QUENCH's debut album is to be released on Elevation Records in March. Aleem Hossain caught up with guitarist Mark Cocks for a sneak preview.
Back in an earlier era of Britain's tiny Christian music scene, there only seemed to be room for one pop rock front runner. In the '90s it was folk rock team Eden Burning who dominated the gigging circuit and more recently Delirious? have been Britain's big timers. But slowly and surely other bands - Kato, Psalmistry, Kindle, Steve, Bottlerockit/Audiogene, Superhero - have shown that if they're not up there with the d:boys, they can at least grab and retain their own pockets of supporters and bring much needed diversity to the festivals and CD racks. Since their formation in 1999 another band too have worked tirelessly in Britain, building up their own support base while communicating spiritual truth. Quench, with a combination of loud guitars, infectious grooves and harmony-laden hooklines, have proven to be popular crowd pleasers. Considering the band's sound, which they describe as "Blink 182 meets Barenaked Ladies," the band's genesis is rather surprising. The band grew out of popular festival outfit Why? who, fronted by Ant Parker, played a kind of punk-tinged-folk music which seemed to revel in 200 mile-an-hour jigs and reels. When Parker left, the rest of the musicians continued on, with keyboards man Jamie Hill taking over the vocals. Toward the end of 2000 the band's original bass player had left to take a jazz music degree and Ron Knights (who had previously played with Dave Bilbrough) was drafted in to the band, now sporting the name of Quench. In the summer of 2001 the band recorded their first release, an EP for ICC's Elevation label. New Wine saw the band introduce their new guitarist Mark Cocks, replacing Kevin Sefton. Mark has a reputation as one of the best guitarists on the UK scene having previously worked with Ripcord, Psalmistry and Josh Doyle (the former frontman of the hitmakers the Dum Dums). And so it came to pass that the new, improved Quench began work in December 2000 on their full album debut, tentatively titled 'Afterglow', the album, produced by Trevor Michael and Dave Lynch, is set to be released in March.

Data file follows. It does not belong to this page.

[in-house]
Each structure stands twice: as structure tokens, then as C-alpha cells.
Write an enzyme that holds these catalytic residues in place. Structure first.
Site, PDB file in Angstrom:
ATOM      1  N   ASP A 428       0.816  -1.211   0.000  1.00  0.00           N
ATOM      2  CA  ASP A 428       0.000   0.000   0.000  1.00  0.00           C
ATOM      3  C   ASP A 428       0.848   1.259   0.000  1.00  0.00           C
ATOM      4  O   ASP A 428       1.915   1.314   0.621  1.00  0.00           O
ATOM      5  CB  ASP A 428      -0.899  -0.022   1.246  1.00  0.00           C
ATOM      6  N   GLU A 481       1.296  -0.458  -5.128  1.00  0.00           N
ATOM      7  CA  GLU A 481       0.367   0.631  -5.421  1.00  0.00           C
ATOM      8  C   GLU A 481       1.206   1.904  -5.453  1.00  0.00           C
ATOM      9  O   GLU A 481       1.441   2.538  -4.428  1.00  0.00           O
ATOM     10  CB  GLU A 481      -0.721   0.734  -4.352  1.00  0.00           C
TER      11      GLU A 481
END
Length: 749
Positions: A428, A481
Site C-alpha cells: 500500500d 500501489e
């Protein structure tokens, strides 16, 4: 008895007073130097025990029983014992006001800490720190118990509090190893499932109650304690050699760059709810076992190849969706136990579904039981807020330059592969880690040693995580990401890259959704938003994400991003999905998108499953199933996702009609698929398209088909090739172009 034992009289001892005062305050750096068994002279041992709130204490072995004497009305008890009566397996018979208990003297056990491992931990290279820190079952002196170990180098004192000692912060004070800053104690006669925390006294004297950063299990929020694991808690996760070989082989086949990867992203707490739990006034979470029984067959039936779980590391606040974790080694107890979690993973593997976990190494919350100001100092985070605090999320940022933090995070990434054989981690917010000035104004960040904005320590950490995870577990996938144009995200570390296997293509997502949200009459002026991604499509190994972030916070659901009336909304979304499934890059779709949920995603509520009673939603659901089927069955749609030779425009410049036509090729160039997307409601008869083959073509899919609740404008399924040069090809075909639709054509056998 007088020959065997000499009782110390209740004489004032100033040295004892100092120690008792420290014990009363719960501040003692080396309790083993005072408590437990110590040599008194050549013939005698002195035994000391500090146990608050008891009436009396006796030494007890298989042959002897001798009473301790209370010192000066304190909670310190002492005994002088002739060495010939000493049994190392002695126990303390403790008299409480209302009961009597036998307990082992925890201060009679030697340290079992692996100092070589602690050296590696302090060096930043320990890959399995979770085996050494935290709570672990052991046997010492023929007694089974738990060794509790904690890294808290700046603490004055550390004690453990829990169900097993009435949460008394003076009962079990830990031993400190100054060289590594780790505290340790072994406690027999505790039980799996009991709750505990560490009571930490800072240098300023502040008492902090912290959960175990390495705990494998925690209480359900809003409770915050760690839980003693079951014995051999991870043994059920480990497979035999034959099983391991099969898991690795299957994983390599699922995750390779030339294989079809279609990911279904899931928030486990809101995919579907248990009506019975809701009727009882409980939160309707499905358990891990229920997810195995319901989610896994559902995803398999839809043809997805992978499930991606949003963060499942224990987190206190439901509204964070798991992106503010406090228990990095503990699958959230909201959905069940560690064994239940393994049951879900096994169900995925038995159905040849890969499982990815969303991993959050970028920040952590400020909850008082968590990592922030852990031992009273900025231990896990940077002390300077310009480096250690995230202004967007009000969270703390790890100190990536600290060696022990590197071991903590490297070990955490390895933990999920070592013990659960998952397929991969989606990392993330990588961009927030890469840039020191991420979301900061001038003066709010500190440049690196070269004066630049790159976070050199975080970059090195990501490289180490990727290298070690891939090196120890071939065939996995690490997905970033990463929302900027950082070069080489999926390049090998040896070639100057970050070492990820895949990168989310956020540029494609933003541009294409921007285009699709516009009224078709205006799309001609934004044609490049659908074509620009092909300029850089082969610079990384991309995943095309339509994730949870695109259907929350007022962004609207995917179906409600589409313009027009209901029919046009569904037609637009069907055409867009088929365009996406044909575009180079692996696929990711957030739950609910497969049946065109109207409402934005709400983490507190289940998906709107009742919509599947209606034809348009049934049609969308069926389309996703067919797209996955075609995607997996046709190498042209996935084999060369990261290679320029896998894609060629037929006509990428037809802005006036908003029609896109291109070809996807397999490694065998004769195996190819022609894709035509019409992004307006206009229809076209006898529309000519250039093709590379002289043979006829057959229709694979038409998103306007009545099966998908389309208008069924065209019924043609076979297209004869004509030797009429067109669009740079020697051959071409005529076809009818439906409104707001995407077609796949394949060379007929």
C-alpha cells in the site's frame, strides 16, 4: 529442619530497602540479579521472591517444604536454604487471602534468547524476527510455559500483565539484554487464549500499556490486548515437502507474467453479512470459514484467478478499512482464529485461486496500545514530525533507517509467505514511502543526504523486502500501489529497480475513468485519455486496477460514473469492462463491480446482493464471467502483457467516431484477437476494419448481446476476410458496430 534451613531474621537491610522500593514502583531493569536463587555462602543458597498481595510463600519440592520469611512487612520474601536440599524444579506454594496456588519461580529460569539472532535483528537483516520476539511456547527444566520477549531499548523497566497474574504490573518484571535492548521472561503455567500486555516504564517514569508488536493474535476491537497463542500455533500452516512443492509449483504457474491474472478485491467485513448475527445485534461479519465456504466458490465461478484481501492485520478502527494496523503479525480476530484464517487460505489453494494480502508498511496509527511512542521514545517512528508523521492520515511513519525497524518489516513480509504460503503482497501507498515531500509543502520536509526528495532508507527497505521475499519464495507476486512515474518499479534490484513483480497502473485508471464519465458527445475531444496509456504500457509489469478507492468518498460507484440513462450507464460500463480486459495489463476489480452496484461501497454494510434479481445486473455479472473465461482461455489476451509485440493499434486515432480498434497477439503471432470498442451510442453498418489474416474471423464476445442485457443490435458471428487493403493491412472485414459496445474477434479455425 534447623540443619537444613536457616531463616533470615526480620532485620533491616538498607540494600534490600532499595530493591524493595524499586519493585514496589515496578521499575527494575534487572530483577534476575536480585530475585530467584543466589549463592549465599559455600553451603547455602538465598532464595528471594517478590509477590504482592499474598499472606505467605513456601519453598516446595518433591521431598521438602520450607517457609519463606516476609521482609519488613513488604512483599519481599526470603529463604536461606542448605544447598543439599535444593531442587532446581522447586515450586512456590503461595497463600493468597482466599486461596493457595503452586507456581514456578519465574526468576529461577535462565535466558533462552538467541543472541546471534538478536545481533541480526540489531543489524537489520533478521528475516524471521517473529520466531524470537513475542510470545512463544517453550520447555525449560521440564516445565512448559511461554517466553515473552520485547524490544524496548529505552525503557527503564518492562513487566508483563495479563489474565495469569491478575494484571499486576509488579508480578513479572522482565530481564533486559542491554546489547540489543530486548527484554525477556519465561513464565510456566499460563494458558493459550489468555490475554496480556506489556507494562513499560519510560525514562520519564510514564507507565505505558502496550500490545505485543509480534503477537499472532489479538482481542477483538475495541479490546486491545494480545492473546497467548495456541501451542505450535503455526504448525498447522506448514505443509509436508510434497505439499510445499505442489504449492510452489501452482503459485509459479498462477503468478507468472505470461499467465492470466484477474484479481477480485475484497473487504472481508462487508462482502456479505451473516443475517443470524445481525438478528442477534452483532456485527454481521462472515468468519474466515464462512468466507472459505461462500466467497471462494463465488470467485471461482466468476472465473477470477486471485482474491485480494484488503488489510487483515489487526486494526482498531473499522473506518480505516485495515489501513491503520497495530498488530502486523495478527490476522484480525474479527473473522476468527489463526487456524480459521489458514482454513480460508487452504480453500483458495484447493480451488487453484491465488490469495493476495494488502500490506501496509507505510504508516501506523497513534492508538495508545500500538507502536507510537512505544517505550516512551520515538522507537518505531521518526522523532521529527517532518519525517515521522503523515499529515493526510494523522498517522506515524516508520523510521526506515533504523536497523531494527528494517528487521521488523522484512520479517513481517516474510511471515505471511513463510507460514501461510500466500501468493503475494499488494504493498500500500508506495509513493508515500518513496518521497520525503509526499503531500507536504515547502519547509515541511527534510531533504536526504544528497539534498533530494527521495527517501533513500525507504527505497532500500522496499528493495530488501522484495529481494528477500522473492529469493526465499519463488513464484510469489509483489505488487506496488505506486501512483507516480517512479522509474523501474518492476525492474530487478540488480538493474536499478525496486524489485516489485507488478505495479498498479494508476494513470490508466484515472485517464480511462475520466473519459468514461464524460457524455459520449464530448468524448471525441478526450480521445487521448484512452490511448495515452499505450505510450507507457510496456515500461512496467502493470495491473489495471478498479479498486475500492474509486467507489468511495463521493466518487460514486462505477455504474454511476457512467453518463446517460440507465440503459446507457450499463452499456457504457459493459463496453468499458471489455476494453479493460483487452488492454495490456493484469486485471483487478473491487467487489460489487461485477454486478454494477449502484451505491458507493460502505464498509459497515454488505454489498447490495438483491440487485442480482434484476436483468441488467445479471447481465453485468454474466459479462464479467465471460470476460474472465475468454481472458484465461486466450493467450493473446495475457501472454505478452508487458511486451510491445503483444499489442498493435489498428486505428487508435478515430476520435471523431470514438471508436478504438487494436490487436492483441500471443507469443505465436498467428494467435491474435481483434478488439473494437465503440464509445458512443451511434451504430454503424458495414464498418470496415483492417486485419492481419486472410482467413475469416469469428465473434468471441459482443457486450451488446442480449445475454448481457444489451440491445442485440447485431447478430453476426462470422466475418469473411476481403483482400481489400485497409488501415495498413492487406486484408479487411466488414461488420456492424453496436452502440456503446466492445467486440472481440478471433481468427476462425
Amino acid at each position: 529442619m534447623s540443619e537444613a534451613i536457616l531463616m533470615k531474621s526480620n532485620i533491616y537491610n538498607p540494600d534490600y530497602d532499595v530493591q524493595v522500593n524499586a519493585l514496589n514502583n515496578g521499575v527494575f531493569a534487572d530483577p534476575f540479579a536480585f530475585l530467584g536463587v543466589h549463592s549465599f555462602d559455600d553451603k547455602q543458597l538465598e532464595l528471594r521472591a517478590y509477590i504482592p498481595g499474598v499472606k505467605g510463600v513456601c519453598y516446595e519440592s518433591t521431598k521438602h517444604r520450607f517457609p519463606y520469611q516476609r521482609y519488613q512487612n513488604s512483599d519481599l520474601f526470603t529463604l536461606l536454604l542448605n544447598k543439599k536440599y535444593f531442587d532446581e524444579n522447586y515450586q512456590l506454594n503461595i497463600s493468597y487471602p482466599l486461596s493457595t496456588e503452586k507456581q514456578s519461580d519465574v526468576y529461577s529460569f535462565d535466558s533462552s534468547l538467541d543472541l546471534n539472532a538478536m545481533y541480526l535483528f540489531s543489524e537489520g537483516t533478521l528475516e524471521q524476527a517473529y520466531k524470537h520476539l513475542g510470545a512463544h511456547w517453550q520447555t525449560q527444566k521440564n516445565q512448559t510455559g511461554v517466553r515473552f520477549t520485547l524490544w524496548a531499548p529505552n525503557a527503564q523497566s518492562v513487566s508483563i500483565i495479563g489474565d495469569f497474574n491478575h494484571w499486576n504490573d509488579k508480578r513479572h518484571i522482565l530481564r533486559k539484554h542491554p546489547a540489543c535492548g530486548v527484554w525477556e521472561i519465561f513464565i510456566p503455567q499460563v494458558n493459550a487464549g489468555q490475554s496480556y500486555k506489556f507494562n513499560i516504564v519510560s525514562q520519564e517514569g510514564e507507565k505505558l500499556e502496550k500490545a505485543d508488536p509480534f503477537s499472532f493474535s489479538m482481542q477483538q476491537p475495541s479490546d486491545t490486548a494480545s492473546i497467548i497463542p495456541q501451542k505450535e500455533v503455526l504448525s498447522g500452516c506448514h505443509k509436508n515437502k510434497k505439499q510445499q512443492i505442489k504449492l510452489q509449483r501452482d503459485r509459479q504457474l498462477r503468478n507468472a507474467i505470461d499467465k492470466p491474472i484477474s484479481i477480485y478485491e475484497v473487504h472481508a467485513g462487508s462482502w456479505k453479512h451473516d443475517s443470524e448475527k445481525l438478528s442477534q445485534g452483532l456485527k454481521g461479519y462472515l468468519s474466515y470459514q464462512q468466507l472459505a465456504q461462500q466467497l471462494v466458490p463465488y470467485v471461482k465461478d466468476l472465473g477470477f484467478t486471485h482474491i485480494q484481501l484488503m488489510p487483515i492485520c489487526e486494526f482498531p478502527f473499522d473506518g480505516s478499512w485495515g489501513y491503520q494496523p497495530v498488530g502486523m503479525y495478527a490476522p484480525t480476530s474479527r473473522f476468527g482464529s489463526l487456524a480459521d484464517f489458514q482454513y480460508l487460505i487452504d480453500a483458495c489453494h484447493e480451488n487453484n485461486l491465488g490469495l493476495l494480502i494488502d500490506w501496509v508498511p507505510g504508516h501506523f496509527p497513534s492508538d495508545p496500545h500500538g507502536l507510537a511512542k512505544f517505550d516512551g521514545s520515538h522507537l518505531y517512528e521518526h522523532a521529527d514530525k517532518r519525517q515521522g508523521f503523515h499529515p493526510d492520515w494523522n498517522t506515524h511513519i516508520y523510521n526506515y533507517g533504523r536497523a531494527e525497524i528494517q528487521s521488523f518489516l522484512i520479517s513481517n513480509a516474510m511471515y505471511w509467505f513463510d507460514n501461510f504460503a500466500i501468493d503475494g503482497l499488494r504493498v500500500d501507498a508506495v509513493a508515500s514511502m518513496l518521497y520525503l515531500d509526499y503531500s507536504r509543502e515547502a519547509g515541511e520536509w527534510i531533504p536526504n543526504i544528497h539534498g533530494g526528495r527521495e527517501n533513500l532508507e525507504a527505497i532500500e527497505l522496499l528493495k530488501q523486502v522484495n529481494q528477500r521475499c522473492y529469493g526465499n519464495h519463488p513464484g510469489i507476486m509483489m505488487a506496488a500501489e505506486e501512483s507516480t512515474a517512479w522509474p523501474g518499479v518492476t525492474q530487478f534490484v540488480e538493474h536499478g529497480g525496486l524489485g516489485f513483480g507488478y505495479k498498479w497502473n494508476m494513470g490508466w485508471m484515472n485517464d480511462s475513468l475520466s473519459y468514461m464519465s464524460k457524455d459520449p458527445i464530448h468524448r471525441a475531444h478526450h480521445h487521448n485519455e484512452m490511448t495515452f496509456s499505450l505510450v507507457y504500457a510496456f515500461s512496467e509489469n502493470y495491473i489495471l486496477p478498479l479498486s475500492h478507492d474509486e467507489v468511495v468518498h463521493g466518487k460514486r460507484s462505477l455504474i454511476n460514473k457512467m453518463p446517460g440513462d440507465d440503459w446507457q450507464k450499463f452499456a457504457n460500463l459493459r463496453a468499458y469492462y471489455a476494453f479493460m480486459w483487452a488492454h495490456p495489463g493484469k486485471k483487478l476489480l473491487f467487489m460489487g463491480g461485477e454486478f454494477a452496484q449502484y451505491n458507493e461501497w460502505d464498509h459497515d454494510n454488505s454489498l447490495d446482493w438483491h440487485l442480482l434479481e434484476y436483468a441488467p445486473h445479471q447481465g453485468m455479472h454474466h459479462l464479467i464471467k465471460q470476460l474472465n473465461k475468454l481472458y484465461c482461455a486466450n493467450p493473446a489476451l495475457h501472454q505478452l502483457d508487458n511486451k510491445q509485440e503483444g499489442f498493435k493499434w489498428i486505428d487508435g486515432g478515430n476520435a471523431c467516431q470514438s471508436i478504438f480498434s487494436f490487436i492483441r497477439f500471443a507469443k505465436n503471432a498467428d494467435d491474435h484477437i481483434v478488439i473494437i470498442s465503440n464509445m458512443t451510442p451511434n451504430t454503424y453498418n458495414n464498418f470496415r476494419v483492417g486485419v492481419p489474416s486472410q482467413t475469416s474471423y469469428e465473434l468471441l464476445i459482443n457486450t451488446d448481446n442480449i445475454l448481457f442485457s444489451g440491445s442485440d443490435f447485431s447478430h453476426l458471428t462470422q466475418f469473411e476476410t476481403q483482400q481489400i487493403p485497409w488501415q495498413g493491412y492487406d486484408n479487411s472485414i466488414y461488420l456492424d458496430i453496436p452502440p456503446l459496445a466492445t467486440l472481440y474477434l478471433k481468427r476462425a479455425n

I began by asking new man Mark Cocks what he hoped Quench would achieve. "My own personal hopes for our music is that it will be an encouragement to Christians who love rock music but find it hard to find many bands that have something positive to say as well as making great music. When I was in my late teens I was really into bands like Guns N' Roses, Skid Row, Metallica and Motley Crue. I was so into their music that I used to hang off every lyric and would read interview after interview to get their opinions on life in general." He continues, "As you can imagine, these weren't always the most uplifting viewpoints for a young Christian to be immersed in and it did affect my attitudes. I wanted to please God, but at the same time none of the so-called 'Christian alternatives' even came close to my favourite bands. It wasn't until I heard 'Jesus Freak' by dc Talk that I realised Christian music really can be amazing, lyrically profound and well produced. I hope this new Quench album sounds great musically so it really is a realistic alternative to your average Kerrang TV-type band but with lyrics that really encourage, challenge and inspire people to get closer to God."